I decided we’re going to do some physics this month. Turns out it’s been four years since we covered that topic, so it’s about time we cycled back around. That means I need some books for the kids. Miss Adventure is easy – I’m going to start her with The Great Motion Mission by Cora Lee that I got for Mr. Curiosity the last time we did physics (follow that link for my original review).
Finding just the right book for Mr. Curiosity was trickier. I had to get some options and let him choose, and I’ll share those options with you.
First off, I grabbed Paradox: The Nine Greatest Enigmas in Physics by Jim Al-Khalili. This book presents ten chapters of physics questions that seem like they can’t be answered using scientific principles, but upon further review they can be. The book looks interesting, but perhaps a bit too dense for my 13-year old.
Next, I grabbed A Briefer History of Time by Stephen Hawking. This is a shorter, companion book to the classic A Brief History of Time. The book attempts to describe what we know about time and space, and how they are created and interact. The book has color illustrations and photos to break up the text and would have worked fine for Mr. Curiosity.
I also checked out For the Love of Physics by Walter Lewin. Lewin is a physics professor at MIT and has turned information from his classes into a highly accessible book. This is a bit closer to a textbook, in that it methodically works through physical phenomena we can see and/or touch. He’s even got a YouTube channel so you can watch his lectures, if you don’t get enough by reading his book.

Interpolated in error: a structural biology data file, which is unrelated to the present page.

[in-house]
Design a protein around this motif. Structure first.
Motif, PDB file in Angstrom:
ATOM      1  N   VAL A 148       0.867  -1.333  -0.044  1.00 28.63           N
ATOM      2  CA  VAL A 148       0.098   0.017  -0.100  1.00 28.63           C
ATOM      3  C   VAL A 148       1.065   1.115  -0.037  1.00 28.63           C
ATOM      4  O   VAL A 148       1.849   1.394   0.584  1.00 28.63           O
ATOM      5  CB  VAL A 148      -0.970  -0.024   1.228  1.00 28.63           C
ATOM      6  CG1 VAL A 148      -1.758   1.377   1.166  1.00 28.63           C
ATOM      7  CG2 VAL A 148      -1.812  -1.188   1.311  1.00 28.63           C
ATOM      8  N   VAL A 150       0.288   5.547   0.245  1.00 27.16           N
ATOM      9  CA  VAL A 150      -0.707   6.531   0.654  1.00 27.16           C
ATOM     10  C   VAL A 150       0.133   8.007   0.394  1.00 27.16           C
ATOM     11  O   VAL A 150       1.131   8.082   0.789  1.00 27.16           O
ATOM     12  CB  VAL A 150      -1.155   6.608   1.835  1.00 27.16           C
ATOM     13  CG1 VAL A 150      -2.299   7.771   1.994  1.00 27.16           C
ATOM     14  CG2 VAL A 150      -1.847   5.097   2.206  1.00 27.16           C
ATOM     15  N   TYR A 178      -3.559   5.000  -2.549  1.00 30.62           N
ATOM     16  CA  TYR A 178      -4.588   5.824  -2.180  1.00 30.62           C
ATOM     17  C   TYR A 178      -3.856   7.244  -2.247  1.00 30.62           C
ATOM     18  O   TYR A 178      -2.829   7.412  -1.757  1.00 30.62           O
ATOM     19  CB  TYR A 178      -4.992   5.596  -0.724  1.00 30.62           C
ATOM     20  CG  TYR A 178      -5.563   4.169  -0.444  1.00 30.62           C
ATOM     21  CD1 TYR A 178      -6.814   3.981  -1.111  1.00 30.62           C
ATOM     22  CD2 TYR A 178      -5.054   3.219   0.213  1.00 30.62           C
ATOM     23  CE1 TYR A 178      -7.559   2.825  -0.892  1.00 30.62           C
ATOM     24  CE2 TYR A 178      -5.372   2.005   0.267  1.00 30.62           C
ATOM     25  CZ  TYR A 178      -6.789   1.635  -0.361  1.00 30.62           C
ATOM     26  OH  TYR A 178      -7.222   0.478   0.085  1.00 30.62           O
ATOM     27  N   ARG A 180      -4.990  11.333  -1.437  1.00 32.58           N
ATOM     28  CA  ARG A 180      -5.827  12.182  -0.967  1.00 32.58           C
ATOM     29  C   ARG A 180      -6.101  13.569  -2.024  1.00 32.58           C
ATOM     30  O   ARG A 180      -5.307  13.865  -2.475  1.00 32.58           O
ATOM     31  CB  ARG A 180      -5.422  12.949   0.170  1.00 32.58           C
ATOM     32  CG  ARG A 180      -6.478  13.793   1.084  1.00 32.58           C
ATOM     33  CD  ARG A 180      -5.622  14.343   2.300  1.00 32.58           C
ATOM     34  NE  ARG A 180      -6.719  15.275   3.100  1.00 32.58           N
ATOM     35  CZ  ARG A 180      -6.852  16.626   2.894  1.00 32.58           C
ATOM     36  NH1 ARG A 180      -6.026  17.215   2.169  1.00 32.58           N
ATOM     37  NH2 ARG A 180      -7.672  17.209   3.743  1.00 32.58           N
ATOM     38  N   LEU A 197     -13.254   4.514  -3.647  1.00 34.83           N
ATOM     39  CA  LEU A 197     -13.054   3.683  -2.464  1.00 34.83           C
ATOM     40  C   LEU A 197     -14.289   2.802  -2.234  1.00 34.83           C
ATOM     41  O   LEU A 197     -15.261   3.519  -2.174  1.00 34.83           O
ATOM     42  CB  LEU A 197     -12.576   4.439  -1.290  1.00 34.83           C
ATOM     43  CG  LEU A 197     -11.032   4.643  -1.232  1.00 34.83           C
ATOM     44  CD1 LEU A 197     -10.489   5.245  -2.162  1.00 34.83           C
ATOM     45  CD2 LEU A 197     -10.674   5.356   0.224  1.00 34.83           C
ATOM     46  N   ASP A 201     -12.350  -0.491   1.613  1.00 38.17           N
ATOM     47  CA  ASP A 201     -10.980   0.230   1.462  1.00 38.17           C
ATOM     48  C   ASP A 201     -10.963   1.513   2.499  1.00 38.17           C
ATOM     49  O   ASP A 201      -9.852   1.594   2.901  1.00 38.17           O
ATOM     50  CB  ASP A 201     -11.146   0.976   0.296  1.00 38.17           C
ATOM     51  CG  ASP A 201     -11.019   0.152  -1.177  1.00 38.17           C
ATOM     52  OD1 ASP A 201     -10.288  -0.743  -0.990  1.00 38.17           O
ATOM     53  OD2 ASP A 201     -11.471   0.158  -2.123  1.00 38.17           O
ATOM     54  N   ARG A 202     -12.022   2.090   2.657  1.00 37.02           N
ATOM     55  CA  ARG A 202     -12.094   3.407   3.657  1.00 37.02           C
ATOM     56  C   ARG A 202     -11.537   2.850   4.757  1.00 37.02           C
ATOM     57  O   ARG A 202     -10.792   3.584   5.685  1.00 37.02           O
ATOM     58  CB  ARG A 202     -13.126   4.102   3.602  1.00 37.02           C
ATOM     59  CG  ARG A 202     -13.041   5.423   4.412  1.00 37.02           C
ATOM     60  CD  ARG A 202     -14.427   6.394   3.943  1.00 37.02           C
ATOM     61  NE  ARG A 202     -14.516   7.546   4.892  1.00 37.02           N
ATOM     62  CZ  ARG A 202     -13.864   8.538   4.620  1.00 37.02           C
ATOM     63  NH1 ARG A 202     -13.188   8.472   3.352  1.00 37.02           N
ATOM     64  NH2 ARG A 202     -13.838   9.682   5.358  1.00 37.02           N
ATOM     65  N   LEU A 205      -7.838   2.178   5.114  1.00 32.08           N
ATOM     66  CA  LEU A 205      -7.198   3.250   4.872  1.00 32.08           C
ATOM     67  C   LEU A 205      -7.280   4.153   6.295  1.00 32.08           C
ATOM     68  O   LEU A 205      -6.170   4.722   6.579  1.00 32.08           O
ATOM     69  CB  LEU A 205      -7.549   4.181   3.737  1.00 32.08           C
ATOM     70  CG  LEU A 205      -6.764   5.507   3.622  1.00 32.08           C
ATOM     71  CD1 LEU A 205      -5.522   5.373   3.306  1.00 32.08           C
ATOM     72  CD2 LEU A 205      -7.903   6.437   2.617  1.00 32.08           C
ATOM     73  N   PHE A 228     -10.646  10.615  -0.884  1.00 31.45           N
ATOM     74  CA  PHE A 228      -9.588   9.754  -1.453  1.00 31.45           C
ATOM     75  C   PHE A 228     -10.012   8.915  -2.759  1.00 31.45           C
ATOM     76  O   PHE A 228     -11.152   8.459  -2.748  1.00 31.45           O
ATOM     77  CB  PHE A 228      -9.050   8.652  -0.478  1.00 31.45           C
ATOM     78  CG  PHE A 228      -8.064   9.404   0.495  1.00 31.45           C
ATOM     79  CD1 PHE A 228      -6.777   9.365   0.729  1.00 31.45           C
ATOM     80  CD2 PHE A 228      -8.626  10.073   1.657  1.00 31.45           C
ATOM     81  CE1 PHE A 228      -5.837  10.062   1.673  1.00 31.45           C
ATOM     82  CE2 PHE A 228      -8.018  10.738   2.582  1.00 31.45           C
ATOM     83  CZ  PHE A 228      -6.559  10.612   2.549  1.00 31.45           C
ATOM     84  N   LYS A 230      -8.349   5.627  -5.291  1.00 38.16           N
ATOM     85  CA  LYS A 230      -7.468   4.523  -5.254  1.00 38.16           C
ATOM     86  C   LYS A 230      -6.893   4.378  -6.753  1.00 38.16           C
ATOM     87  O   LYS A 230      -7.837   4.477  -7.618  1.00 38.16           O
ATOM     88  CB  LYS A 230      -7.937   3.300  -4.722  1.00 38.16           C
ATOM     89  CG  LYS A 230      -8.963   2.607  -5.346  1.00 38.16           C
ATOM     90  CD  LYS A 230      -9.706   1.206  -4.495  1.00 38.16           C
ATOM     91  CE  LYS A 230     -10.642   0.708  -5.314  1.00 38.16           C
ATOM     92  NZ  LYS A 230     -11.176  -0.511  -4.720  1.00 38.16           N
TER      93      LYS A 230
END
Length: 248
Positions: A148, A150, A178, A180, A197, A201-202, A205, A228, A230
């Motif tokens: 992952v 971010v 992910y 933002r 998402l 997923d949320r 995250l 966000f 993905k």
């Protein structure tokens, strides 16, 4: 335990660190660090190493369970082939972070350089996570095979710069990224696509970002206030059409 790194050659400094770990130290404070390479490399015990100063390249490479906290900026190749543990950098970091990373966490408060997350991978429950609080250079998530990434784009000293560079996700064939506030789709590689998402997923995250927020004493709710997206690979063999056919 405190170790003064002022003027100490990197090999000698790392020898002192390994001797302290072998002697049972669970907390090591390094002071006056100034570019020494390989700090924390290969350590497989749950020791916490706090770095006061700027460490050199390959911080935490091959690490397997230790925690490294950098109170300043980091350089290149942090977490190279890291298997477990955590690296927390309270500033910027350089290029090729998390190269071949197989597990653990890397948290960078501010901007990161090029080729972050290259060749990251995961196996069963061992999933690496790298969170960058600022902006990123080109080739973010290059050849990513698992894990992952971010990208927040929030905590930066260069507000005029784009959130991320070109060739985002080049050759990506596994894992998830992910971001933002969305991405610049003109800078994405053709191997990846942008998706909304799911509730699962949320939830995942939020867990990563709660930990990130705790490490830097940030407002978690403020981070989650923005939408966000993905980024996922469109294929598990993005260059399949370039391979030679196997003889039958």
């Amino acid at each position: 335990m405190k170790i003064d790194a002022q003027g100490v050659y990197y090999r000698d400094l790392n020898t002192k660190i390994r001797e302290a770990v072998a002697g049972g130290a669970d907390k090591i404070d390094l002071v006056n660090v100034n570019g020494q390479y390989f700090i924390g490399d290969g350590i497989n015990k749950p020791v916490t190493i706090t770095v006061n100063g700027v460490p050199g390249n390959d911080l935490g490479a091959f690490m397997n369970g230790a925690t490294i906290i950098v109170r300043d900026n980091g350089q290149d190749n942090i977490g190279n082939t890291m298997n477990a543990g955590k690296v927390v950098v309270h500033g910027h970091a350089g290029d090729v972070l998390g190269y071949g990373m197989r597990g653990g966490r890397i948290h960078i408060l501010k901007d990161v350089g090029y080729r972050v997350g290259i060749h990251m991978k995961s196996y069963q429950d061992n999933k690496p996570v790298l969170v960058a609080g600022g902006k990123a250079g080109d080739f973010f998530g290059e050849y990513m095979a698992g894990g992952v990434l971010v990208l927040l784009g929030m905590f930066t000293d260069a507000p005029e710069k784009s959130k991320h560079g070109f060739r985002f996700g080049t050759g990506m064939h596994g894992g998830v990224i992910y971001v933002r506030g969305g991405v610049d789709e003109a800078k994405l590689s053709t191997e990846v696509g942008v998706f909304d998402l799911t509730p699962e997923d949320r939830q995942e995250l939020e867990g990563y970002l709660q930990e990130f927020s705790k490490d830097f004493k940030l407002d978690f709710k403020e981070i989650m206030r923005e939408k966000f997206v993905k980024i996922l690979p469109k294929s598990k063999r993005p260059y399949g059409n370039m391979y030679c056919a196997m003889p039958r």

Ultimately, Mr. Curiosity decided to read How to Teach Quantum Physics to Your Dog by Chad Orzel. The hook here is Orzel explains quantum physics concepts by explaining them to his dog, Emmy. The book includes multiple conversations with Emmy, who acts as the clueless reader. She just happens to enjoy chasing bunnies or squirrels and would like to apply quantum physics to catching them. She never quite gets there, but you laugh heartily at her attempts, and learn something in the process. Mr. Curiosity is finding this book so readable, he’s reading it for fun as well as for schooling.
So, if you’re interested in learning something about physics, something here should fit the bill!
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